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Copernicus, Nicolaus (1473–1543) - BIOGRAPHY, CRITICAL RECEPTION

copernicus’ century astronomical university

Given that we have only nineteen of Copernicus’ letters—all of a rather formal nature—it is unlikely that a twentieth-century playwright like Berthold Brecht would base an epic drama on his personal and intellectual struggles. In this respect, Copernicus and Galileo seem polar opposites. In fact, study of the development of Copernicus’ thought provides us with a number of puzzles. He had something of a poetic temperament. The greatest sixteenth-century astronomer, best known by his Latin name, Nicolaus Copernicus, was born Mikolaj Kopernik to a prominent family in Prussian Poland at Thorn (Torun on the Vistula) on 19 February 1473.

Copernicus’ first intellectual home was the University of Cracow—in some ferment over the “new learning’’—which he probably attended from 1491 to 1494. He then went to the University of Bologna, where he studied Greek and Latin literature, mathematics, and astronomy. Elected, at the young age of fourteen, canon of Frauenburg (Frombork), he lectured on mathematics in Rome for the jubilee celebration in 1500 and continued his studies at the great University of Padua in law, theology, and medicine with occasional trips home, where he practiced as a physician among the poor almost up to the time of his death. He also took a special interest in problems of currency in Poland and circulated a work on money reform that was not published until 1816. He died in Frauenburg on 24 May 1543.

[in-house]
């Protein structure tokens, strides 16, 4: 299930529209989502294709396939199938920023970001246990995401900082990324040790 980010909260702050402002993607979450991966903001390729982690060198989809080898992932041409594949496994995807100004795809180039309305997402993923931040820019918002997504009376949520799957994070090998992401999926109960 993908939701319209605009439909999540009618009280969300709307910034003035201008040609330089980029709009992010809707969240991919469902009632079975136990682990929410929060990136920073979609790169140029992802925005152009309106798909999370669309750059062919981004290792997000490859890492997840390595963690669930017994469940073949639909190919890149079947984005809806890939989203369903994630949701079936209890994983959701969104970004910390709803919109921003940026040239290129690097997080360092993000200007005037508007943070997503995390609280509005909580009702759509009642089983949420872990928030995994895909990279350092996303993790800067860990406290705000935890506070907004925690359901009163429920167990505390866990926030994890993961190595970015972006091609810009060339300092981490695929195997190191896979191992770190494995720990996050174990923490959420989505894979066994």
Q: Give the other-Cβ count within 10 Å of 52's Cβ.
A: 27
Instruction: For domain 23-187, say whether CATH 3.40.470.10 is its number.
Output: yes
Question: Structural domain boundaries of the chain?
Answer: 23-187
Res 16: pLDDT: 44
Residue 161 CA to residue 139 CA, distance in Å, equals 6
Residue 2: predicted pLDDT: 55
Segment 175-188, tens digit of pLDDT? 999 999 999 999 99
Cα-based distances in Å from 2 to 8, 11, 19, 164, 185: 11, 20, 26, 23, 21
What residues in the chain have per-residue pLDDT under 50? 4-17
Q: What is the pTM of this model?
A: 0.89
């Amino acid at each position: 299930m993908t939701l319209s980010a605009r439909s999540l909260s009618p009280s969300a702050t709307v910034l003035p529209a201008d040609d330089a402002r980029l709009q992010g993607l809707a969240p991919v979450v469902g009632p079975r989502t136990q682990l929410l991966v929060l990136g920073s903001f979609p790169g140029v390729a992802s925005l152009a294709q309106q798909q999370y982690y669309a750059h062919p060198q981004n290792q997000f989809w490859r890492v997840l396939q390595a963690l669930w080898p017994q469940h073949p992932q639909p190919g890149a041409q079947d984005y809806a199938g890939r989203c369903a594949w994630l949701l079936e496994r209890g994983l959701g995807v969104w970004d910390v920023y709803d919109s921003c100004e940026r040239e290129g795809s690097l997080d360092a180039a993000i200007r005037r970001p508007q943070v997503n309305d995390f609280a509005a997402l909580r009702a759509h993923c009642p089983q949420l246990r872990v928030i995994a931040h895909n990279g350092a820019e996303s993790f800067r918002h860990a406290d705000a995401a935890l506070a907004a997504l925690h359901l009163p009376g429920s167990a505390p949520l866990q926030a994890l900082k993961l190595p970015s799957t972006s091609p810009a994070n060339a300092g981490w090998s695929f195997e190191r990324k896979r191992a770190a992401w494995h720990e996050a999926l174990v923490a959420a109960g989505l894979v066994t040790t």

That Copernicus’ sole disciple Rhaticus’ great work was in the form of pure calculations in the form of manuals of sines, cosines, and tangents—essentially the book of trigonometry that led to so many practical results from astronomical measurements to survey—may suggest that the disciple was making up for the failings of his master. In Copernicus’ case, that would be the absence of adequate proof of his heliocentric theory in De Revolutionibus in the form of unfudged astronomical readings. Luckily, Copernicus avoided—in the tense era of the Inquisition—suffering immediate controversy over an innovation that gradually gained general scientific acceptance. Throughout his lifetime his astronomical findings found more support from Roman Catholic authorities than Protestants. He was excoriated by Luther in his Table Talk yet received unusual support from Pope Clement VII. The first vernacular versions of passages of De Revolutionibus were developed in Thomas Digges’ Commentaries upon the Revolutions of Copernicus toward the end of the sixteenth century in England. William Gilbert* was a convert.

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